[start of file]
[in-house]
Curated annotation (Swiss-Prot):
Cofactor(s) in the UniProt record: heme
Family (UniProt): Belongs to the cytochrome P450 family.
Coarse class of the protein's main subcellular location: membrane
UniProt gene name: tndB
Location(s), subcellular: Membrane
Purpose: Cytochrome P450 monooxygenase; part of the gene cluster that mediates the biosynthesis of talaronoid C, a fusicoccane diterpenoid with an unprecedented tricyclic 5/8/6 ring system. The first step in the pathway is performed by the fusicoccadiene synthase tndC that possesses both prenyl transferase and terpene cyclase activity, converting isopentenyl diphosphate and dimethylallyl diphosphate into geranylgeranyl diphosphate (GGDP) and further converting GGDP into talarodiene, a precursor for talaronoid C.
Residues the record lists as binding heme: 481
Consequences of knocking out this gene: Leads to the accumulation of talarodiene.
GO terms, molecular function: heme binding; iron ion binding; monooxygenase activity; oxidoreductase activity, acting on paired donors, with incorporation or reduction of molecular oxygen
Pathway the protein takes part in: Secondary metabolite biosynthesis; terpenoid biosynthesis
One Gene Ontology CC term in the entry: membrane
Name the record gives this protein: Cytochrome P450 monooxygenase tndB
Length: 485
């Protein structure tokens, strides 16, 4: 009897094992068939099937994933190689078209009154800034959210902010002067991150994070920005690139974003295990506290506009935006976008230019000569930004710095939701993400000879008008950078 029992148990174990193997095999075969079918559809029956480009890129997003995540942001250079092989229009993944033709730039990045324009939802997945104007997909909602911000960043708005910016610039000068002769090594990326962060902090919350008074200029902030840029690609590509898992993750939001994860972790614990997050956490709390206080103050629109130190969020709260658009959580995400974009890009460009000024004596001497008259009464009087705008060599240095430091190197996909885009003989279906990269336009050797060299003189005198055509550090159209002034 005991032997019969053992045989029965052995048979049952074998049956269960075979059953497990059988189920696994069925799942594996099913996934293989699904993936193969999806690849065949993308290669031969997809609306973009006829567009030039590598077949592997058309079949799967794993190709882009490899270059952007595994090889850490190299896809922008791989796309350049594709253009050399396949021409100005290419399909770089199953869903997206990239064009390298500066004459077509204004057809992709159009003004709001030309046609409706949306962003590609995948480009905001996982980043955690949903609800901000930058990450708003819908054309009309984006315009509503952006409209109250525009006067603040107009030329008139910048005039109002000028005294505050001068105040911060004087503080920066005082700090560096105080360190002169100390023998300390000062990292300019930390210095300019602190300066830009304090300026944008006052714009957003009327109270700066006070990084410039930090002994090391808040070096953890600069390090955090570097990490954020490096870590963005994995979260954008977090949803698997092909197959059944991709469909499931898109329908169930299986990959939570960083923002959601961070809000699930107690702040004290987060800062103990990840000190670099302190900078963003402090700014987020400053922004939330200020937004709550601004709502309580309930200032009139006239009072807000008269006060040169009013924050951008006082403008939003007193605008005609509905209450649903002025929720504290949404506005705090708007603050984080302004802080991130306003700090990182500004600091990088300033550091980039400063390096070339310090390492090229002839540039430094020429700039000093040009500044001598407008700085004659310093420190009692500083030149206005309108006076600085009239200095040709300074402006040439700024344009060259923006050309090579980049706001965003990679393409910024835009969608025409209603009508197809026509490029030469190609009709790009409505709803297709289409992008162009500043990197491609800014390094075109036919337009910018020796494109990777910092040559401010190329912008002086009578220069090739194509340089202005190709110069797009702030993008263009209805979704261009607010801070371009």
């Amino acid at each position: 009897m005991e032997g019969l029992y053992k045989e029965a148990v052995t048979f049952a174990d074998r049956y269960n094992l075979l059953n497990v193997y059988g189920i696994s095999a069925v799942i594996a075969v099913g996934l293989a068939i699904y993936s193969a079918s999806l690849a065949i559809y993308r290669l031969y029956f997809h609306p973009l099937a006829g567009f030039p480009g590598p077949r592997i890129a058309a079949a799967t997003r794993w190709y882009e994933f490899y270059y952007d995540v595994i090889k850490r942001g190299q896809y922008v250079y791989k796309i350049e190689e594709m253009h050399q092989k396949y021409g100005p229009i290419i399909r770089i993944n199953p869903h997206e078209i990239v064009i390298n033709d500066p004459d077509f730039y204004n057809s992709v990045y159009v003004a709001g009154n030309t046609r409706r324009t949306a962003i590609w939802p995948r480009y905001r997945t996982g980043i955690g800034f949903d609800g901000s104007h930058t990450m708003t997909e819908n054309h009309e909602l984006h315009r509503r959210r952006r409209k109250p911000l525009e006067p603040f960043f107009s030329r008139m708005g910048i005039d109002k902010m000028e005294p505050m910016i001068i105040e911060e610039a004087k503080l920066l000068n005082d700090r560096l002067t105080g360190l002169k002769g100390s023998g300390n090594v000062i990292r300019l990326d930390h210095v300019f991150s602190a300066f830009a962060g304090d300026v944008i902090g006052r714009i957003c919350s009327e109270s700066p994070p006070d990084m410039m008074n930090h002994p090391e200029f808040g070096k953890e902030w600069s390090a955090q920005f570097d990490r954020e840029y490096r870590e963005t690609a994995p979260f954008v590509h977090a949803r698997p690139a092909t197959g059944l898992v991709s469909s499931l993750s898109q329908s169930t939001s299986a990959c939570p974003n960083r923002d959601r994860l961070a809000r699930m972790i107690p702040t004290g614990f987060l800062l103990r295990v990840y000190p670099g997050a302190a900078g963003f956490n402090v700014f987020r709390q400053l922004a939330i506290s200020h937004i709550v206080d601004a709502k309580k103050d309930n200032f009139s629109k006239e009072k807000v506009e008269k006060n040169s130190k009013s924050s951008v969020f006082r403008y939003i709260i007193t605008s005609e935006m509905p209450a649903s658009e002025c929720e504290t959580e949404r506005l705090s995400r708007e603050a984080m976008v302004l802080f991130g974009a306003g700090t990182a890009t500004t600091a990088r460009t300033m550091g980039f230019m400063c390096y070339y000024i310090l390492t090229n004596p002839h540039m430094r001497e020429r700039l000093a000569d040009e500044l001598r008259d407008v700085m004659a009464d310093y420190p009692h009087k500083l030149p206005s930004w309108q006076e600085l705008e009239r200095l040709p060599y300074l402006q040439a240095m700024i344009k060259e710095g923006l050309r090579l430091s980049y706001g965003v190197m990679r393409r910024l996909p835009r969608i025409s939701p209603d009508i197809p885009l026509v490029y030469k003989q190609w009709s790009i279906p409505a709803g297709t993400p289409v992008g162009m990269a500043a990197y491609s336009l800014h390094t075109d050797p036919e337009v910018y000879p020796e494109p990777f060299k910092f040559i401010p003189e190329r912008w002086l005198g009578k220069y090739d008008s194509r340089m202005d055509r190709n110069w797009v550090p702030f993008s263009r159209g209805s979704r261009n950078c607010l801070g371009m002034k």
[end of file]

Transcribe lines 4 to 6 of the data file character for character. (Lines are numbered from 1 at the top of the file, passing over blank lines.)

Family (UniProt): Belongs to the cytochrome P450 family.
Coarse class of the protein's main subcellular location: membrane
UniProt gene name: tndB